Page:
Random Homozygous Gene Perturbation (RHGP) as a Tool for Target Discovery and Validation
Poster Sep 24, 2012
Wu-Bo Li and Michael Goldblatt
Random homozygous gene perturbation (RHGP) can identify and validate any host (cellular) gene target that directly causes a desired phenotype without requiring prior knowledge of the target. The central feature of RHGP is a unique lentiviral-based genetic element, known as a gene search vector (GSV) designed to interrogate the entire genome and identify target genes that cause the phenotype of interest. The GSV cassette contains an inducible promoter with an inducer response element (RE). The GSV is transduced into a target cell population that stably expresses the transactivator (TA). Transduction results in random integrations of the GSV into the genome of the target cells. In the presence of inducer, the TA binds the RE domain to activate the GSV promoter. Promoter activation triggers the transcription of the RNA extending into the host genome sequence flanking the 5´ LTR of the GSV. RHGP provides the ability to sample every gene in a cell for both over expression and loss of expression. When integrated in an antisense orientation, this event physically disrupts one allele, while producing antisense RNAs that knock down expression of the other allele. In the sense orientation, RHGP may overexpress the entire target gene when the vector is inserted upstream of the start site or overexpress the domains of the gene and produce a dominant-negative inhibitor of wild-type gene function. The inducible promoter of the GSV allows us to validate the candidates and eliminate false-positives that arise as a result of spontaneous mutation or other artifacts. With RHGP approach, FGI has successfully identified the host target genes involved in pathogenesis of cancer metastasis, drug resistance, Alzheimer’s Disease and viral infections. Therapeutics against the first of three RHGP identified targets for infectious disease is now in clinic trial. Therapeutics against the other two targets will be entering preclinical development shortly.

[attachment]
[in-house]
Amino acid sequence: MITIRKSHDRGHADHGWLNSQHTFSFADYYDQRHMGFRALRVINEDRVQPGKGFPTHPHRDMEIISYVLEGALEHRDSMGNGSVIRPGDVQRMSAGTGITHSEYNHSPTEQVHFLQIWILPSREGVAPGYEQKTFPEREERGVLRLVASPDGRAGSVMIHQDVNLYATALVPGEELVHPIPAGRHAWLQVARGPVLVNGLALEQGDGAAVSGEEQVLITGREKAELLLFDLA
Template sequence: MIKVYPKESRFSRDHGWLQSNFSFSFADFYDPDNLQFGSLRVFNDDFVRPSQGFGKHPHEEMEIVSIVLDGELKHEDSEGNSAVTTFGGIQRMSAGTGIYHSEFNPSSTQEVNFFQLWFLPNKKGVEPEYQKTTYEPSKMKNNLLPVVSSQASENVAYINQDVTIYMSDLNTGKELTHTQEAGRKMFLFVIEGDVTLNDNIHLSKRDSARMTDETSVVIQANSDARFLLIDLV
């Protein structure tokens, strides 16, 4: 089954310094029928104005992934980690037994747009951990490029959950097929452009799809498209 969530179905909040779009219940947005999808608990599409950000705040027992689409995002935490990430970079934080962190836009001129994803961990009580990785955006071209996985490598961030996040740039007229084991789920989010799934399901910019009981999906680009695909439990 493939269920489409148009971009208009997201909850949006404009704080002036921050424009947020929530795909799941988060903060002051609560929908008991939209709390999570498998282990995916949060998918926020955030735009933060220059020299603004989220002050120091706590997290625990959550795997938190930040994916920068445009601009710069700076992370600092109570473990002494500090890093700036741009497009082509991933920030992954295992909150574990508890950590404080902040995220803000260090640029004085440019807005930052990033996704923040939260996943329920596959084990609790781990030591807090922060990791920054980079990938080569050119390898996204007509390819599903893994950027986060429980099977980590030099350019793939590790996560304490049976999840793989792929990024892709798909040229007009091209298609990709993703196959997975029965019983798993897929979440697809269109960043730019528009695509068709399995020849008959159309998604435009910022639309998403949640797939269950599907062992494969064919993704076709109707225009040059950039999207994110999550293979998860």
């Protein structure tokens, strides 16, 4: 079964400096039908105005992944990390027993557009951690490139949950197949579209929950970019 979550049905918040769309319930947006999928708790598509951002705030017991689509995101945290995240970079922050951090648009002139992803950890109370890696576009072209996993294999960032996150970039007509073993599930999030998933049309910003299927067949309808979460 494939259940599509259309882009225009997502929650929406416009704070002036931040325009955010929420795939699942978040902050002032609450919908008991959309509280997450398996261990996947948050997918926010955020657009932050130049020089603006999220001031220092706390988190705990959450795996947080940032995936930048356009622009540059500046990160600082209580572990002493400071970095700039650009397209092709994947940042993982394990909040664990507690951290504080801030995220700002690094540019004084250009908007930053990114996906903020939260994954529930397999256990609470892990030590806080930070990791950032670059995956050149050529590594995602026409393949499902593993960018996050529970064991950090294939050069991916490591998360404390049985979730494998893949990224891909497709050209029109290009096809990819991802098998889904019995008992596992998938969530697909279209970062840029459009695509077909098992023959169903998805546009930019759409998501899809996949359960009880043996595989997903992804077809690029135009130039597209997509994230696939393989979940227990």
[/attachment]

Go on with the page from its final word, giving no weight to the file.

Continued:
Mass Spectrometry: From Imaging to Metabolic NetworksPoster
We show that network analysis of co-localized ions from mass spectrometry imaging data provides a detailed chemo-spatial insight into the metabolic heterogeneity of tumor. Furthermore, module preservation analysis between colorectal cancer patients with and without metastatic recurrence suggests hypotheses on the nature of the different local metabolic pathways.READ MORE
Psychiatric Risk Gene Cacna1c and Early Life Stress: Potential Gene-Environment interactions?Poster
Early life stress (ELS) is highly associated with development of psychopathology
and mood disorders in adulthood. Genetic studies have identified variation in the gene calcium voltage-gated channel subunit alpha1C (CACNA1C) to increase risk for several psychiatric disorders. This poster assessed the expression of Cacna1c following prepubertal stress.
Treatment Options for Chronic Parvovirus Viremia in Pediatric Heart Transplant Patients in a Tertiary Care CenterPoster
This abstract discusses three cases of pediatric heart transplant patients who suffered from parvovirus (B19) infection. Of these patients, two ( B & C) responded well to standard intravenous Ig therapy. Patient A however, did not respond to standard treatment and was begun on subcutaneous Ig, which effectively diminished his viral load. Thus, subcutaneous Ig infusions might serve as a second line treatment for transplant patients with parvovirus who do not respond well to the standard approach.READ MORE
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27th International Conference on Nanomedicine and Nanomaterials
Oct 18 - Oct 19, 2018